A CRM offers tools to manage existing customers, including increasing their satisfaction through empowerment and showing how much their loyalty means to your business. One way this can be seen in action is through survey tools offered by some platforms like Zoho.
Online customer satisfaction surveys can be sent to customers via email to see where adjustments in products, services, or processes can be made to improve their experience. Like other email functionality, many CRMs can automatically send surveys post-purchase or based on interactions, such as successfully resolving a help desk ticket.
Your business can also use a CRM to upsell, cross-sell, and extend promotional offers to customers based on information in the CRM database. BigCommerce, for example, is an ecommerce CRM that shows your team potential product interests of customers based on what web pages they’ve visited. Extending promotions based on this type of customer activity can lead to more conversions.
One of the most effective ways to keep customers coming back is through incentive-based loyalty programs. Seventy-five percent of customers are likely to make another purchase from a brand after receiving an incentive. Some CRMs, such as Lightspeed, allow businesses to manage and monitor customer loyalty programs using their CRM software.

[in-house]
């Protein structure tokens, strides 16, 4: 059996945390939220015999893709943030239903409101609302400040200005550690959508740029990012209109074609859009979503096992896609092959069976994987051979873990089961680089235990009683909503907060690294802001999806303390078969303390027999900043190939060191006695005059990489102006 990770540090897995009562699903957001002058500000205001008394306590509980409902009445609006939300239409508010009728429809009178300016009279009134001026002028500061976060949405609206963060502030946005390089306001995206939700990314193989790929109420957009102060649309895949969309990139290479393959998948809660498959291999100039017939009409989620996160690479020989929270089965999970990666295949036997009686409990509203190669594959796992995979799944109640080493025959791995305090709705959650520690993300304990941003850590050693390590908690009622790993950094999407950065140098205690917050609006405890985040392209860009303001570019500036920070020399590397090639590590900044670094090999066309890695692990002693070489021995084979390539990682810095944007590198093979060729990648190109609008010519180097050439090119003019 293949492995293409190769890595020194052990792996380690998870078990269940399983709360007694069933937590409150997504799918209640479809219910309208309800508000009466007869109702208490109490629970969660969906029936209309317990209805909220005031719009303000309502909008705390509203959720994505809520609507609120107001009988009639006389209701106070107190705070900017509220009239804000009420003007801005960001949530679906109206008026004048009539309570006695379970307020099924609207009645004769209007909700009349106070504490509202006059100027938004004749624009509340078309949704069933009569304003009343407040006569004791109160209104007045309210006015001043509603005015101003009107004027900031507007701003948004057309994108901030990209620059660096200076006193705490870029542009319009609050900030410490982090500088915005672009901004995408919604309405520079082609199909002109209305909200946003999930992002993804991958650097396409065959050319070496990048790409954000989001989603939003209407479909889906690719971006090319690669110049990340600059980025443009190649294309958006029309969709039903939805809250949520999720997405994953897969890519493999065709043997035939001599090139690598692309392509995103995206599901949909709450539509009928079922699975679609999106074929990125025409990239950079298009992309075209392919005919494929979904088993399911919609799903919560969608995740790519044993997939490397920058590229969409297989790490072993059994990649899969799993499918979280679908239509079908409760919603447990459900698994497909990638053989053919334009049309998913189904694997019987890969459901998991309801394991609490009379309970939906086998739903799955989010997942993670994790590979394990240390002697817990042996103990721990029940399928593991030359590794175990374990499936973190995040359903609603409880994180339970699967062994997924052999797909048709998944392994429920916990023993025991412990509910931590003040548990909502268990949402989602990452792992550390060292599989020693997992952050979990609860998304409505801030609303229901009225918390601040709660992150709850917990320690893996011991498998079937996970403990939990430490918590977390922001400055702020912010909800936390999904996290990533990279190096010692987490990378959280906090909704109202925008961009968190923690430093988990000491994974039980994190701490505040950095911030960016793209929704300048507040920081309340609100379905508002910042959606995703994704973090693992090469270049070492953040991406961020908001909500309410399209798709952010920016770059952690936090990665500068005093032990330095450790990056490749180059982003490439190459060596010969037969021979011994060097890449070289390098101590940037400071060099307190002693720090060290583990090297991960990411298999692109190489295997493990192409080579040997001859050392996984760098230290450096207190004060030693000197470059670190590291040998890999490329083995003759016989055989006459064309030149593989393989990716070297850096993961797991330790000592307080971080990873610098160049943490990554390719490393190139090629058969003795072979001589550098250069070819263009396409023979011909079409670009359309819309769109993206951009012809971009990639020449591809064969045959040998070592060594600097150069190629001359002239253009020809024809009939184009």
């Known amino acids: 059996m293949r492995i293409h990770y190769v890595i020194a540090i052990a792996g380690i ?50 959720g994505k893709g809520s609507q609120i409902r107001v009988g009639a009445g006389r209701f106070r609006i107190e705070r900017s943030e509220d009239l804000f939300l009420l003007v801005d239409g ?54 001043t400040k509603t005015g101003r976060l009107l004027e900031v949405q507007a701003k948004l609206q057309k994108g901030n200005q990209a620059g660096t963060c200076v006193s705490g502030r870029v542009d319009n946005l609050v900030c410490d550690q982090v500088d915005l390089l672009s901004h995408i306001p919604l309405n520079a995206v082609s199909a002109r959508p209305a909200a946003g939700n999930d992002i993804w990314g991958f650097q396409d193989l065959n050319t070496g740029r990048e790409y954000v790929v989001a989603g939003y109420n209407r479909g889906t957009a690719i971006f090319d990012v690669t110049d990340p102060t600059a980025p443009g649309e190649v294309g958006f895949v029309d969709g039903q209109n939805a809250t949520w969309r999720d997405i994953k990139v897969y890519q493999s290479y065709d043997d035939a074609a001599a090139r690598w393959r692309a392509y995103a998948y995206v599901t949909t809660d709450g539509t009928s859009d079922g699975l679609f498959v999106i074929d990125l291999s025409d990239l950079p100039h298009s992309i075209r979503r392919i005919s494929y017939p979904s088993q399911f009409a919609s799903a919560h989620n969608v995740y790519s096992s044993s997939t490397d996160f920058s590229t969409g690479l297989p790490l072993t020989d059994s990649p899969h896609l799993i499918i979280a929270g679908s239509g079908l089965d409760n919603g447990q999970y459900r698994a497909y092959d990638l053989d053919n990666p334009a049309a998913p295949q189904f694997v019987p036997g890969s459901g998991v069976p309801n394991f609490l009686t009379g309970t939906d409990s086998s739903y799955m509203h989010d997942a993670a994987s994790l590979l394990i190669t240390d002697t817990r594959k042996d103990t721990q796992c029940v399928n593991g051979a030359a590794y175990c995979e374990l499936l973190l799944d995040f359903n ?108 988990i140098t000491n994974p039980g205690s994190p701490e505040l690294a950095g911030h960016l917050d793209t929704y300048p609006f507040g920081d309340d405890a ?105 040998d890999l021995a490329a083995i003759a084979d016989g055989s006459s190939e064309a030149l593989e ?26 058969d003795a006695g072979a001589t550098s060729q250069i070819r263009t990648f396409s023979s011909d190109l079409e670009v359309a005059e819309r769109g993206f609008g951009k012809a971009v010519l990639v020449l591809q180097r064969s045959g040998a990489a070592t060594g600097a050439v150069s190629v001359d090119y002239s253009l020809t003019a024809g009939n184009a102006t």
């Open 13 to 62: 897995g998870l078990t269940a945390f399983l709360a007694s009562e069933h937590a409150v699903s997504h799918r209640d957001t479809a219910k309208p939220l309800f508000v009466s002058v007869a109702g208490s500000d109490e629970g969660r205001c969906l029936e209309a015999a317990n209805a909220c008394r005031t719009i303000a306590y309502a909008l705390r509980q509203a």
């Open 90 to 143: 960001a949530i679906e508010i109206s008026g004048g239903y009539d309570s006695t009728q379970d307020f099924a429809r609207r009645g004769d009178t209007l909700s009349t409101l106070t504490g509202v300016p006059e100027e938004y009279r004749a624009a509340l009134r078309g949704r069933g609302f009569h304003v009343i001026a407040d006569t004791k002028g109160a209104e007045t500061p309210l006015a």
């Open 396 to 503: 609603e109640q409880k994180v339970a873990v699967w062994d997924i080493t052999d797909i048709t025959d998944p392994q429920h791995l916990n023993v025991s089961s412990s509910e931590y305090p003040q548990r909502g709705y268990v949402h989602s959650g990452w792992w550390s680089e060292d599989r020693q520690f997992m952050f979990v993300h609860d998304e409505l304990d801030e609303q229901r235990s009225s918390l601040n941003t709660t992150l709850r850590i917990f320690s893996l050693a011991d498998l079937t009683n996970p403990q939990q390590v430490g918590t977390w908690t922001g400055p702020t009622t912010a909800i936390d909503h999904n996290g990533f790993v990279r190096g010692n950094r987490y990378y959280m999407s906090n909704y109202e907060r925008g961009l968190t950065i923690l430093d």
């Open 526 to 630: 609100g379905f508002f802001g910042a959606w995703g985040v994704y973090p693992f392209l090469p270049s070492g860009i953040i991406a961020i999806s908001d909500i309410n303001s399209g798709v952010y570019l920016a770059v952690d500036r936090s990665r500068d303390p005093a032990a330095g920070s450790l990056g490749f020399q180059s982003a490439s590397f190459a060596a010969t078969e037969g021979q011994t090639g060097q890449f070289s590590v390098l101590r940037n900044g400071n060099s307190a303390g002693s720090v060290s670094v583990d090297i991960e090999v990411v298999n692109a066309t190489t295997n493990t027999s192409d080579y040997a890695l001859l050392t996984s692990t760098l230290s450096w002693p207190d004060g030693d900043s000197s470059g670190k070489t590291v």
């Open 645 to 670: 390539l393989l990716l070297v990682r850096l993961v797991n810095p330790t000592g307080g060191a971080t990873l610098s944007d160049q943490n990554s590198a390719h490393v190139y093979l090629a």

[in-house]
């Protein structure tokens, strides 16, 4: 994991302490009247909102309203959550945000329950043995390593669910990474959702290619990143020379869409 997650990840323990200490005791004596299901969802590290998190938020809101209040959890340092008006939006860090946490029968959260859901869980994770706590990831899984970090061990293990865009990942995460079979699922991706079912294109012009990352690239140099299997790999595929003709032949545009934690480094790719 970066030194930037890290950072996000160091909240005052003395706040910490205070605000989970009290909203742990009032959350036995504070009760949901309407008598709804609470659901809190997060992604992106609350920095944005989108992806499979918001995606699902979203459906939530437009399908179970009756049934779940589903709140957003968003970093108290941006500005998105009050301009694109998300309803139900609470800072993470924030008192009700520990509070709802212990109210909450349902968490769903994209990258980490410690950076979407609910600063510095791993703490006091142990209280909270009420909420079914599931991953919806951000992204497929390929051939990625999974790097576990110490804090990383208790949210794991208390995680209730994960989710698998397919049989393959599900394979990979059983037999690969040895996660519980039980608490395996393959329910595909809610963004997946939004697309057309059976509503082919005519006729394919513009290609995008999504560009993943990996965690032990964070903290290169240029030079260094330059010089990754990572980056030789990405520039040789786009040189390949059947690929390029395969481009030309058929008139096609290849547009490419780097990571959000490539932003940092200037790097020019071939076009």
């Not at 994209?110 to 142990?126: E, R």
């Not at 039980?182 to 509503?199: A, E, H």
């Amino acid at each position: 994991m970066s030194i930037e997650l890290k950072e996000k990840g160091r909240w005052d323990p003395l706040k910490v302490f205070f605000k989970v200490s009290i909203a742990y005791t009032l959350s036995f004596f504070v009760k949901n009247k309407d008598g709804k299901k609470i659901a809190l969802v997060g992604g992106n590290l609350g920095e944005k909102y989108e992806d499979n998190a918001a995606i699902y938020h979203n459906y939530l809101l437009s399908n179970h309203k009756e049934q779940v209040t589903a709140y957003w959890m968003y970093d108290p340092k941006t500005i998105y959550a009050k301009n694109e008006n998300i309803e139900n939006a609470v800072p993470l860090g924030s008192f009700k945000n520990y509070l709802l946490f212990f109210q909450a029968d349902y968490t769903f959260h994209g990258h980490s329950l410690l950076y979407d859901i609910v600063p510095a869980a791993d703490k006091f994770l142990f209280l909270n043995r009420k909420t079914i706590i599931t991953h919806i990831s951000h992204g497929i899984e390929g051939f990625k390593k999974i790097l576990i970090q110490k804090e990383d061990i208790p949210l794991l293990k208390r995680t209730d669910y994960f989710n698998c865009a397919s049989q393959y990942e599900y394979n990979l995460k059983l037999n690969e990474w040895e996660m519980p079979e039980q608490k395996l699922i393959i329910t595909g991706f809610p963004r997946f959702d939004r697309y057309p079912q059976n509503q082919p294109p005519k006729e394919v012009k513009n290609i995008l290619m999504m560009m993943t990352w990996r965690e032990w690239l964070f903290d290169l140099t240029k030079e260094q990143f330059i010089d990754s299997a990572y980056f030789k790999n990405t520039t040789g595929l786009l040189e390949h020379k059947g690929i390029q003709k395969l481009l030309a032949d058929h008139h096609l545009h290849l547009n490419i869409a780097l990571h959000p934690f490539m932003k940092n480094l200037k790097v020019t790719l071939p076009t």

For more solutions to keep your current customers satisfied and loyal, check out our article on the customer loyalty program ideas and examples.
It’s important to monitor the signs of operational chaos, inefficiency, satisfaction indicators, and underperforming sales metrics that indicate you need a CRM. Consider your budget, technical skill levels, and desired features, as well as which third-party applications and tools you need to integrate your CRM to make the best choice for your small business.